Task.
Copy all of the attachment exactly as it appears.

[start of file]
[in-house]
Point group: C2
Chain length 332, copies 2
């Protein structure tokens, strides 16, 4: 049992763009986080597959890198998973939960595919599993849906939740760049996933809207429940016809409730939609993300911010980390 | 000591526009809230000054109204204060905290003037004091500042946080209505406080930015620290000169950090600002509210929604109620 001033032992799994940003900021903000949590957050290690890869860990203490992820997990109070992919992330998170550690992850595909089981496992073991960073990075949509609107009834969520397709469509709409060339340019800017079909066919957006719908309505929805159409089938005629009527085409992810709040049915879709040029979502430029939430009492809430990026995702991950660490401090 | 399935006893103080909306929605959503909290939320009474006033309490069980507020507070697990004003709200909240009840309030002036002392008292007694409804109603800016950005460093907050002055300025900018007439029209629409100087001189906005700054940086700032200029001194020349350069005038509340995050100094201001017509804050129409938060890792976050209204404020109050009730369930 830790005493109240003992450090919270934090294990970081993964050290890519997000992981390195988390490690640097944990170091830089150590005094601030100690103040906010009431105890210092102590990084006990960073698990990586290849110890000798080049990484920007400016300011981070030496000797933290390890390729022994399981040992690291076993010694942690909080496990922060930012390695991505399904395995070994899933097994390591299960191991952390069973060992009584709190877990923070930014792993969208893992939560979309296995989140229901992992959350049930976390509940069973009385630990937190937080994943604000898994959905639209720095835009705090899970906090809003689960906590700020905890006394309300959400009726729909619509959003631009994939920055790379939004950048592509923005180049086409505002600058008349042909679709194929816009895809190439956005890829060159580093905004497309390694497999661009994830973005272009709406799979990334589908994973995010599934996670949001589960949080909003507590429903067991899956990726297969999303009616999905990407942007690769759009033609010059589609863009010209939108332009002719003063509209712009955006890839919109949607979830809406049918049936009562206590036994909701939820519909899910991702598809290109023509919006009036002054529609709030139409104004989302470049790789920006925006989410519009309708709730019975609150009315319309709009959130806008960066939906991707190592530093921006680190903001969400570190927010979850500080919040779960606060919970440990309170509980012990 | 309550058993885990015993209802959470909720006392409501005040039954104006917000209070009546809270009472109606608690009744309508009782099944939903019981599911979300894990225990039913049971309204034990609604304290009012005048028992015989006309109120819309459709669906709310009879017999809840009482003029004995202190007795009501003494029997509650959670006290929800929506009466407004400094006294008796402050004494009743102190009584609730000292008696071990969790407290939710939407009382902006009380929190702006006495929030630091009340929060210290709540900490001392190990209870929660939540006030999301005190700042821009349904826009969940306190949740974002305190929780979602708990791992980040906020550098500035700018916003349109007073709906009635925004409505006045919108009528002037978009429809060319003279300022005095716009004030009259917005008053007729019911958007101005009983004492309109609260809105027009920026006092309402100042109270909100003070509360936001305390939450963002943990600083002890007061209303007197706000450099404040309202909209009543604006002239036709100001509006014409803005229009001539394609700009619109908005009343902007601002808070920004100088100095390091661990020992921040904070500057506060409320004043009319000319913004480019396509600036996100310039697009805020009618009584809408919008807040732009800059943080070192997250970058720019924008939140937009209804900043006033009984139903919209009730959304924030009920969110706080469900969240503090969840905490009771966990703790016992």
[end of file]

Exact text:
[in-house]
Point group: C2
Chain length 332, copies 2
């Protein structure tokens, strides 16, 4: 049992763009986080597959890198998973939960595919599993849906939740760049996933809207429940016809409730939609993300911010980390 | 000591526009809230000054109204204060905290003037004091500042946080209505406080930015620290000169950090600002509210929604109620 001033032992799994940003900021903000949590957050290690890869860990203490992820997990109070992919992330998170550690992850595909089981496992073991960073990075949509609107009834969520397709469509709409060339340019800017079909066919957006719908309505929805159409089938005629009527085409992810709040049915879709040029979502430029939430009492809430990026995702991950660490401090 | 399935006893103080909306929605959503909290939320009474006033309490069980507020507070697990004003709200909240009840309030002036002392008292007694409804109603800016950005460093907050002055300025900018007439029209629409100087001189906005700054940086700032200029001194020349350069005038509340995050100094201001017509804050129409938060890792976050209204404020109050009730369930 830790005493109240003992450090919270934090294990970081993964050290890519997000992981390195988390490690640097944990170091830089150590005094601030100690103040906010009431105890210092102590990084006990960073698990990586290849110890000798080049990484920007400016300011981070030496000797933290390890390729022994399981040992690291076993010694942690909080496990922060930012390695991505399904395995070994899933097994390591299960191991952390069973060992009584709190877990923070930014792993969208893992939560979309296995989140229901992992959350049930976390509940069973009385630990937190937080994943604000898994959905639209720095835009705090899970906090809003689960906590700020905890006394309300959400009726729909619509959003631009994939920055790379939004950048592509923005180049086409505002600058008349042909679709194929816009895809190439956005890829060159580093905004497309390694497999661009994830973005272009709406799979990334589908994973995010599934996670949001589960949080909003507590429903067991899956990726297969999303009616999905990407942007690769759009033609010059589609863009010209939108332009002719003063509209712009955006890839919109949607979830809406049918049936009562206590036994909701939820519909899910991702598809290109023509919006009036002054529609709030139409104004989302470049790789920006925006989410519009309708709730019975609150009315319309709009959130806008960066939906991707190592530093921006680190903001969400570190927010979850500080919040779960606060919970440990309170509980012990 | 309550058993885990015993209802959470909720006392409501005040039954104006917000209070009546809270009472109606608690009744309508009782099944939903019981599911979300894990225990039913049971309204034990609604304290009012005048028992015989006309109120819309459709669906709310009879017999809840009482003029004995202190007795009501003494029997509650959670006290929800929506009466407004400094006294008796402050004494009743102190009584609730000292008696071990969790407290939710939407009382902006009380929190702006006495929030630091009340929060210290709540900490001392190990209870929660939540006030999301005190700042821009349904826009969940306190949740974002305190929780979602708990791992980040906020550098500035700018916003349109007073709906009635925004409505006045919108009528002037978009429809060319003279300022005095716009004030009259917005008053007729019911958007101005009983004492309109609260809105027009920026006092309402100042109270909100003070509360936001305390939450963002943990600083002890007061209303007197706000450099404040309202909209009543604006002239036709100001509006014409803005229009001539394609700009619109908005009343902007601002808070920004100088100095390091661990020992921040904070500057506060409320004043009319000319913004480019396509600036996100310039697009805020009618009584809408919008807040732009800059943080070192997250970058720019924008939140937009209804900043006033009984139903919209009730959304924030009920969110706080469900969240503090969840905490009771966990703790016992």